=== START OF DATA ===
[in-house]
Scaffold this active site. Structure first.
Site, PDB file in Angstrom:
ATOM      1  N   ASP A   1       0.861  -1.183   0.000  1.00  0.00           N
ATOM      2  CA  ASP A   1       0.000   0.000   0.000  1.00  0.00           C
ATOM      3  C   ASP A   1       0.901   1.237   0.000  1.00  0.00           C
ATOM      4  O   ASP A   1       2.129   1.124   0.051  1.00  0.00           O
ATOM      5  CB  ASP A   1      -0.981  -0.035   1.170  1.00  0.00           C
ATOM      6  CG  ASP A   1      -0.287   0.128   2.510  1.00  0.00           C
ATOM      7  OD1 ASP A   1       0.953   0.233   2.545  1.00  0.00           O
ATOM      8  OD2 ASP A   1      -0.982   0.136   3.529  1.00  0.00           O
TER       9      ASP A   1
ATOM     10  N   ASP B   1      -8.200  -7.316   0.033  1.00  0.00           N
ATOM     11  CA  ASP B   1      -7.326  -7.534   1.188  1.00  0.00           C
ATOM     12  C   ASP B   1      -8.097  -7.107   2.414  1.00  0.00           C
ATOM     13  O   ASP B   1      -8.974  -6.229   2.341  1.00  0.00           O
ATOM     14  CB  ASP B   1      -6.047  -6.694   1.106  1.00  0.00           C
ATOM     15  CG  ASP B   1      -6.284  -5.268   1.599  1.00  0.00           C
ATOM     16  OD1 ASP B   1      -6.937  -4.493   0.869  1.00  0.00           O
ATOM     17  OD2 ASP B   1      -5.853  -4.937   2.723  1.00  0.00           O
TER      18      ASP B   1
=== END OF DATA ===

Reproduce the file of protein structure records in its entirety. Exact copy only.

[in-house]
Scaffold this active site. Structure first.
Site, PDB file in Angstrom:
ATOM      1  N   ASP A   1       0.861  -1.183   0.000  1.00  0.00           N
ATOM      2  CA  ASP A   1       0.000   0.000   0.000  1.00  0.00           C
ATOM      3  C   ASP A   1       0.901   1.237   0.000  1.00  0.00           C
ATOM      4  O   ASP A   1       2.129   1.124   0.051  1.00  0.00           O
ATOM      5  CB  ASP A   1      -0.981  -0.035   1.170  1.00  0.00           C
ATOM      6  CG  ASP A   1      -0.287   0.128   2.510  1.00  0.00           C
ATOM      7  OD1 ASP A   1       0.953   0.233   2.545  1.00  0.00           O
ATOM      8  OD2 ASP A   1      -0.982   0.136   3.529  1.00  0.00           O
TER       9      ASP A   1
ATOM     10  N   ASP B   1      -8.200  -7.316   0.033  1.00  0.00           N
ATOM     11  CA  ASP B   1      -7.326  -7.534   1.188  1.00  0.00           C
ATOM     12  C   ASP B   1      -8.097  -7.107   2.414  1.00  0.00           C
ATOM     13  O   ASP B   1      -8.974  -6.229   2.341  1.00  0.00           O
ATOM     14  CB  ASP B   1      -6.047  -6.694   1.106  1.00  0.00           C
ATOM     15  CG  ASP B   1      -6.284  -5.268   1.599  1.00  0.00           C
ATOM     16  OD1 ASP B   1      -6.937  -4.493   0.869  1.00  0.00           O
ATOM     17  OD2 ASP B   1      -5.853  -4.937   2.723  1.00  0.00           O
TER      18      ASP B   1